Tuesday, April 24, 2012

coach me!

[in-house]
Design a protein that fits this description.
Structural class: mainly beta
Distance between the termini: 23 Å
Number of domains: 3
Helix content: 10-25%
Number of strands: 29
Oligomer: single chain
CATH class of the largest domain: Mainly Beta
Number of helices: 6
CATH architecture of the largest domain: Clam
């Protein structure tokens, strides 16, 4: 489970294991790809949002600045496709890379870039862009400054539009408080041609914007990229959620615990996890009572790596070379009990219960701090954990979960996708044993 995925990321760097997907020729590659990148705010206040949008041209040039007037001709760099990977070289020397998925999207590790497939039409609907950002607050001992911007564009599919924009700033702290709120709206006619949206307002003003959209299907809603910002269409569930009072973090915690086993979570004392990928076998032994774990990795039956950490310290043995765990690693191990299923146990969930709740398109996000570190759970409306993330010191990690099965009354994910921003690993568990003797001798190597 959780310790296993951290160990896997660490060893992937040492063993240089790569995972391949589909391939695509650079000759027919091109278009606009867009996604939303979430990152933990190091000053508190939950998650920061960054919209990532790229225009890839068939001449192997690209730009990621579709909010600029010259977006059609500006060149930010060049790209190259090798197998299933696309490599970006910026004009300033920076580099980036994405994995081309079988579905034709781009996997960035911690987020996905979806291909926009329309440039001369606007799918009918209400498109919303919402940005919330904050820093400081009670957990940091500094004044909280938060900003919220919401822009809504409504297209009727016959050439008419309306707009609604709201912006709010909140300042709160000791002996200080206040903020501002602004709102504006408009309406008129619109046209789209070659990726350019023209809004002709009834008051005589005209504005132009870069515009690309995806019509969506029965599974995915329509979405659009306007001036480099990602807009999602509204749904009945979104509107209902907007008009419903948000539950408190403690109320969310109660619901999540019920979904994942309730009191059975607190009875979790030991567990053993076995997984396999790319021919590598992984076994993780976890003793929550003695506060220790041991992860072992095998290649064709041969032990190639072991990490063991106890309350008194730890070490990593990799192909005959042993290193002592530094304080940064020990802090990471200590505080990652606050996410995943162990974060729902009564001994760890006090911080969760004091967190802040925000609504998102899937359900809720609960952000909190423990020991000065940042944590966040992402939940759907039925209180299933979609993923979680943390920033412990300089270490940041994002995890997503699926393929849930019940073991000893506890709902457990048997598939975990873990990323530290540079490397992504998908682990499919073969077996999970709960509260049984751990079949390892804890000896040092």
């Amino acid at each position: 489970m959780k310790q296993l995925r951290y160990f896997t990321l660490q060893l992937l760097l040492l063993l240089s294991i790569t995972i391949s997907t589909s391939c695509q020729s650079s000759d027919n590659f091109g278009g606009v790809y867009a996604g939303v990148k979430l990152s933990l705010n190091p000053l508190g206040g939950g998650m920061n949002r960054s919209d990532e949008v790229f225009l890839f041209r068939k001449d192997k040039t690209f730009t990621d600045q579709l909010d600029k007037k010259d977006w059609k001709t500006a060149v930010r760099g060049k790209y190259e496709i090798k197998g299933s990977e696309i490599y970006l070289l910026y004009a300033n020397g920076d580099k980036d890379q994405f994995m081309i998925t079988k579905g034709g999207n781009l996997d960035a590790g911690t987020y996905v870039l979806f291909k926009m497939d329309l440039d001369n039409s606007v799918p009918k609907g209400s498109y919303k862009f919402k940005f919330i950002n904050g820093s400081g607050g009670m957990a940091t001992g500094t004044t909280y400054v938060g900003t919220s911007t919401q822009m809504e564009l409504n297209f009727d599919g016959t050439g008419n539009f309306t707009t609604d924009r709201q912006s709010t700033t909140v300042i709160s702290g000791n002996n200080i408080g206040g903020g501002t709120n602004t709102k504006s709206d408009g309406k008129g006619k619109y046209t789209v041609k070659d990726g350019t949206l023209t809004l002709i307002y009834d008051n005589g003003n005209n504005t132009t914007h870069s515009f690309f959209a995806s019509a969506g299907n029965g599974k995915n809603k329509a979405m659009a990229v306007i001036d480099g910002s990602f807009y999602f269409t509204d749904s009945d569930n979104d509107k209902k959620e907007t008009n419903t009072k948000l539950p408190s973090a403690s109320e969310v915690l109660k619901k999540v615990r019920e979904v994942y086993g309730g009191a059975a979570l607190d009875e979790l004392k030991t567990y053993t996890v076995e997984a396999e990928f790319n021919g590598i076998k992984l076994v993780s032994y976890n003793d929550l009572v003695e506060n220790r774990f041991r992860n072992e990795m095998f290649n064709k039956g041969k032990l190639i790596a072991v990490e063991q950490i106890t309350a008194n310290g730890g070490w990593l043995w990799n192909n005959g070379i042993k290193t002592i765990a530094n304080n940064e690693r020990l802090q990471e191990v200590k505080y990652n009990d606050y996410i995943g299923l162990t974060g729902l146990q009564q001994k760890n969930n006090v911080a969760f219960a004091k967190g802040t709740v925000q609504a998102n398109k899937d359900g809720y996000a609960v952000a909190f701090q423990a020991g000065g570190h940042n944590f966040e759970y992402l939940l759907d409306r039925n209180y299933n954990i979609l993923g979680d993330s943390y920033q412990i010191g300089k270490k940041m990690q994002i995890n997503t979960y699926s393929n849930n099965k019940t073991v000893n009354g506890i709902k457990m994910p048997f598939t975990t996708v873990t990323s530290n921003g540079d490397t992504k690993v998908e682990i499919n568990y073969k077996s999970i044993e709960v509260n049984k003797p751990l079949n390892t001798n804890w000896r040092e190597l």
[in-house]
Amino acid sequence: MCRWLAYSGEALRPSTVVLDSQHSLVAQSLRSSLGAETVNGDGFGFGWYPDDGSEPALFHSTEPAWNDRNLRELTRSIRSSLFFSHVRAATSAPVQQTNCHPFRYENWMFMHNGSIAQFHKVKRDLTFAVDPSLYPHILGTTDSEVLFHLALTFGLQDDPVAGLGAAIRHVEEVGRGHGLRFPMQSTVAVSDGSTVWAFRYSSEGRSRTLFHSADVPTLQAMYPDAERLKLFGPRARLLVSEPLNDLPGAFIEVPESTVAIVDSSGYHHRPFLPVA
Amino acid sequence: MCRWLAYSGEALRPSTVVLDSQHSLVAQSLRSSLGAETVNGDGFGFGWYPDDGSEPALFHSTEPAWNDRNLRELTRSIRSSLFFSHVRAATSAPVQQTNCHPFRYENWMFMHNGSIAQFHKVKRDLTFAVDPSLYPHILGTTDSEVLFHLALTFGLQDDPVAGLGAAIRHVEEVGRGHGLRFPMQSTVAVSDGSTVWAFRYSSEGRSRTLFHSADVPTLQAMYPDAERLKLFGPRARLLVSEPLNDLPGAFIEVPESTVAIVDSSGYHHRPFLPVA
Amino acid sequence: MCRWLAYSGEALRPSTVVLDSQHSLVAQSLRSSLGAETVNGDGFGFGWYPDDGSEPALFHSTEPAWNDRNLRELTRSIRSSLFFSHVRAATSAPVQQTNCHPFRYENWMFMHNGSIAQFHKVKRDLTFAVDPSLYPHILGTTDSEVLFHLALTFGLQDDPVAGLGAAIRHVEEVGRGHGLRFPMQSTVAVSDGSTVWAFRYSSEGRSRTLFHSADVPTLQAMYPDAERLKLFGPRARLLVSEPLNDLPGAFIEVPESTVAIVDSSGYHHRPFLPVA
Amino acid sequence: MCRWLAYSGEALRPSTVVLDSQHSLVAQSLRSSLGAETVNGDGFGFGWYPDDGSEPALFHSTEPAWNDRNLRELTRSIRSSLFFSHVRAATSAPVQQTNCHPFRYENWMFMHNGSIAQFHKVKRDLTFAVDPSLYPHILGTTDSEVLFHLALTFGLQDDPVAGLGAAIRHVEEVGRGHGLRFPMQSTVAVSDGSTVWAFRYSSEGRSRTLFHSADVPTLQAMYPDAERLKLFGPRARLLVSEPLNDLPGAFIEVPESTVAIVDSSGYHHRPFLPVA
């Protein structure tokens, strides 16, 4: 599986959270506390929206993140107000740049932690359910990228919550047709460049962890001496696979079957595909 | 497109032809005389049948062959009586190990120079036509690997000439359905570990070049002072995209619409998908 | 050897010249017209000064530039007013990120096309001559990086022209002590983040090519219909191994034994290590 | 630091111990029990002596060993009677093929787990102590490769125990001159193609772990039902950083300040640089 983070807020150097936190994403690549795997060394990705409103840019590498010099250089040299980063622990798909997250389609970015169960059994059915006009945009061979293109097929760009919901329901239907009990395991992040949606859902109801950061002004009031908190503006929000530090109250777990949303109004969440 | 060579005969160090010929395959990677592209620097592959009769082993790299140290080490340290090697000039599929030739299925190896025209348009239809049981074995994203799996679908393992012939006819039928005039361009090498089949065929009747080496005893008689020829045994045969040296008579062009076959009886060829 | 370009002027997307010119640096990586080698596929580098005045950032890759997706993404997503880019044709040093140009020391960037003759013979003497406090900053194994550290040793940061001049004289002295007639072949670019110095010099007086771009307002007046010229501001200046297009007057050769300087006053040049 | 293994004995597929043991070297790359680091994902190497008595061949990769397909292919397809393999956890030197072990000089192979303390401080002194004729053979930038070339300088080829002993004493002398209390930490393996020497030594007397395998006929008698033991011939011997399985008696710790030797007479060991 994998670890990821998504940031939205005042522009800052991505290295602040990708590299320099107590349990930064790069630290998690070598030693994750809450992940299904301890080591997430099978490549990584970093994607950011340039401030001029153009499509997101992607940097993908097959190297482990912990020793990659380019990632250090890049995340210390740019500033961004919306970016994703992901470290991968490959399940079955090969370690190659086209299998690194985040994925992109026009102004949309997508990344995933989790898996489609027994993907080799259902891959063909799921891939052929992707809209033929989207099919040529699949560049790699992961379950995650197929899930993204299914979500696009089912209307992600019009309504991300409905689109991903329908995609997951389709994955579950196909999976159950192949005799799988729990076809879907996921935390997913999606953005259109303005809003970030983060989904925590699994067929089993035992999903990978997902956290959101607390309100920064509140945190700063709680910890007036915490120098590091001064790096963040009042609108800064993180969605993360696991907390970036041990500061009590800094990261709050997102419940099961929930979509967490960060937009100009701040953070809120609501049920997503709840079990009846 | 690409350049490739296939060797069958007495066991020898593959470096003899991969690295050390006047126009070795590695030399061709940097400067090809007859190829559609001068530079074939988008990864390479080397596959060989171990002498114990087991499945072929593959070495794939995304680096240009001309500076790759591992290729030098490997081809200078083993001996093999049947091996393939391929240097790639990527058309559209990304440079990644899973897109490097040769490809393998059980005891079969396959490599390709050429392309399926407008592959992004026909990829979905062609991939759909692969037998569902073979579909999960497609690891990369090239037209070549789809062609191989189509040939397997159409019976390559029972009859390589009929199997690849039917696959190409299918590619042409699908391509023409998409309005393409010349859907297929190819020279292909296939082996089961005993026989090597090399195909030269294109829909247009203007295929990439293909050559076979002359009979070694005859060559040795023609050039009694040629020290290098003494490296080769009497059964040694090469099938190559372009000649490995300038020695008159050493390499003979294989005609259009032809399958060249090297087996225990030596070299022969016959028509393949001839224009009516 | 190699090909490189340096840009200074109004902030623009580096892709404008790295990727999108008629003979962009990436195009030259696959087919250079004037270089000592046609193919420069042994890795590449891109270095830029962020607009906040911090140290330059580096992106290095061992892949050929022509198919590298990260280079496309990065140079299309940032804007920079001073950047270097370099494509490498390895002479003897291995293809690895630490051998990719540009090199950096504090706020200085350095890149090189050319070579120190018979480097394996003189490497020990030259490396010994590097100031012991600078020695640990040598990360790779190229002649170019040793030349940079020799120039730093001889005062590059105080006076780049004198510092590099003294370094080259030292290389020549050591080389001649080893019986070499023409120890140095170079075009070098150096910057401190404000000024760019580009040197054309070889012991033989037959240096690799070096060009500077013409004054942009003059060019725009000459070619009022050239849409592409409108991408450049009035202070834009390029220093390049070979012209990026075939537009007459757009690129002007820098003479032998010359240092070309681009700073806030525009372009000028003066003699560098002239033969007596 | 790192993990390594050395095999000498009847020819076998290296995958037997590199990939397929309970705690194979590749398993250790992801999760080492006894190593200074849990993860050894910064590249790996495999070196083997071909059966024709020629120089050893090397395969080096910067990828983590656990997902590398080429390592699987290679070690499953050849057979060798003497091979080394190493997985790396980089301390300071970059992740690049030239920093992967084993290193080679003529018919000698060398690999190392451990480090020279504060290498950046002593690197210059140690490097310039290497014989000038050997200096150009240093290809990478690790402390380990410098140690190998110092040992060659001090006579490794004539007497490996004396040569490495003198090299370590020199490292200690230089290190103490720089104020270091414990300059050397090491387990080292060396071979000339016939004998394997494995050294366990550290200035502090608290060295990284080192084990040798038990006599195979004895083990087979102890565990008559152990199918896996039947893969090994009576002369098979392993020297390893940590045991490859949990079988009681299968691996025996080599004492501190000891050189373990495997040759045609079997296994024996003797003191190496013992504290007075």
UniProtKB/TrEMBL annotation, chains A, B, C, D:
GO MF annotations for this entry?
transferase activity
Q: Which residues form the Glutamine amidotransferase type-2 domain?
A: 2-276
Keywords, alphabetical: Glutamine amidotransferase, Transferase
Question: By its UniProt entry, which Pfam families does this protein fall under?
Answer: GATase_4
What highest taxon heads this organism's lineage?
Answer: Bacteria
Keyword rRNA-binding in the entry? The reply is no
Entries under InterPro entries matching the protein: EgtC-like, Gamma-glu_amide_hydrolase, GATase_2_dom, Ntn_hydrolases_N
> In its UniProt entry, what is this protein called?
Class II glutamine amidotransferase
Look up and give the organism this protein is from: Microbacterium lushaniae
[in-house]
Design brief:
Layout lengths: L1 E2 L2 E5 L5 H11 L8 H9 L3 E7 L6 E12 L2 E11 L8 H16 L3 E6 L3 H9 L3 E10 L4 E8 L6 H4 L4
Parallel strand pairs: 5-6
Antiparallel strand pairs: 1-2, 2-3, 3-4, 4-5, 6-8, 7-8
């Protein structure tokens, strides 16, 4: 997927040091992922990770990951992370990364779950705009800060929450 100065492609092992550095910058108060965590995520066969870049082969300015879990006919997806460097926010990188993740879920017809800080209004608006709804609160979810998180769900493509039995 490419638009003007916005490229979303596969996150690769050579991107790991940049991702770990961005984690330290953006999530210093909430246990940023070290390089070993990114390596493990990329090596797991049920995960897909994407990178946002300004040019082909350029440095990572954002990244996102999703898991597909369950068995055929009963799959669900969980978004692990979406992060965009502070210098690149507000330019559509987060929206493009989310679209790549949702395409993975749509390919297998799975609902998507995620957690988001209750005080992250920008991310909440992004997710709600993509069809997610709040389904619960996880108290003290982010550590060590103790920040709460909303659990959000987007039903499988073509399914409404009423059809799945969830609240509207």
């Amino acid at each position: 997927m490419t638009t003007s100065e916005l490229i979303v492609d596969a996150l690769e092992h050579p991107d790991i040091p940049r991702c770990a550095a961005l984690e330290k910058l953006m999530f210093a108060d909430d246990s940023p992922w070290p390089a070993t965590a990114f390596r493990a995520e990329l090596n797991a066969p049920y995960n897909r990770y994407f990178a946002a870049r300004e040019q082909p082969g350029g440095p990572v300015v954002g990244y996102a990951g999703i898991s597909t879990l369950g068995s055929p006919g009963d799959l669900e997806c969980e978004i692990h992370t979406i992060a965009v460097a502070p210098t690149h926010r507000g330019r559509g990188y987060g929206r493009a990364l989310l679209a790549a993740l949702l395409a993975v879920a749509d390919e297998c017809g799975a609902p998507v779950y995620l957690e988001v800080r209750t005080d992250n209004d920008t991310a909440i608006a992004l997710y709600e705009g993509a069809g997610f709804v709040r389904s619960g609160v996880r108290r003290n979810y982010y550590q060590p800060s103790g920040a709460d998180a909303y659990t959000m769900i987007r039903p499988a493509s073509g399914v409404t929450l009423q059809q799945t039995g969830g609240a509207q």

I was completely stuck with one of my kids. I felt like I was doing EVERYTHING I knew how to do to help this kiddo write. No matter what I did I just could't get him to say a word slowly and correctly record the sounds he heard. He'd say the word slowly, isolate the sound and then write "Q" and go on to the next word. He can spell high frequency words out loud but when it comes to writing them on paper he'll write "Q" and move on. I pulled out every trick I knew and I still couldn't get him to independently hear and record sounds in words. He can write a great story but I need to be with him at every step of the way prompting him to stay on task, say the word, listen to the sound, and write the letter he heard. Or so I thought. I finally requested to be coached. I LOVE that my school has literacy coaches we can go to when we are stuck. When I first started teaching I found it intimidating- I mistook coaching for judging. Now as an experienced teacher I feel like I begging to be coached. "Please, come watch me! I know something isn't working and I need help figuring out what it is." Last year I video taped myself once to try to figure out what I was doing wrong but it wasn't the same as getting feedback from someone observing you. They can pick up on elements of the lesson you may not have noticed, or can point out missed opportunities you may never have thought of. Once you get over the "they'll learn I'm a bad teacher and judge me" coaching is really an amazing opportunity. (But it took me years to get over that feeling...) The literacy coach came in to observe and wrote down everything I was saying. Turns out I was saying a lot. I knew that- I was frustrated with how much support I was giving him but I don't think I realized it was four legal size pages worth. She suggested that I stand back and change my prompts from entire sentences to phrases, and then eventually from phrases to a single word and from a single word to a look. Basically I need to stop micromanaging his writing and start letting him take ownership of the writing while still reminding him that I am there and keeping him on task. So today I took a deep breath and dived into a writing conference with him where I would not talk everytime I wanted to. I even kept a tally on my notes page of how many times I prompted him just to remind myself to STOP TALKING. And miracles of miracles- he could do it without me. Sometimes a look was all he needed from me and then he'd say the word slowly and write it down. He hadn't been working before because I had been doing the work for him. And my micro-managing him was just encouraging him to be passive and wait for me to tell him what to do next. He wasn't ready for me to walk away and leave him to be completely independent (that quickly can disolve into drawing on the table) but he is ready for me to change my prompts. It was so simple yet so powerful. I just needed to back off. I am so thankful that I had the opportunity to be coached and that the coach was so insightful. And I'll go ahead and pat myself on the back- I'm glad I've gotten past the point of being worried about being judged and I feel comfortable asking for coaching. It's freeing and I love the results.

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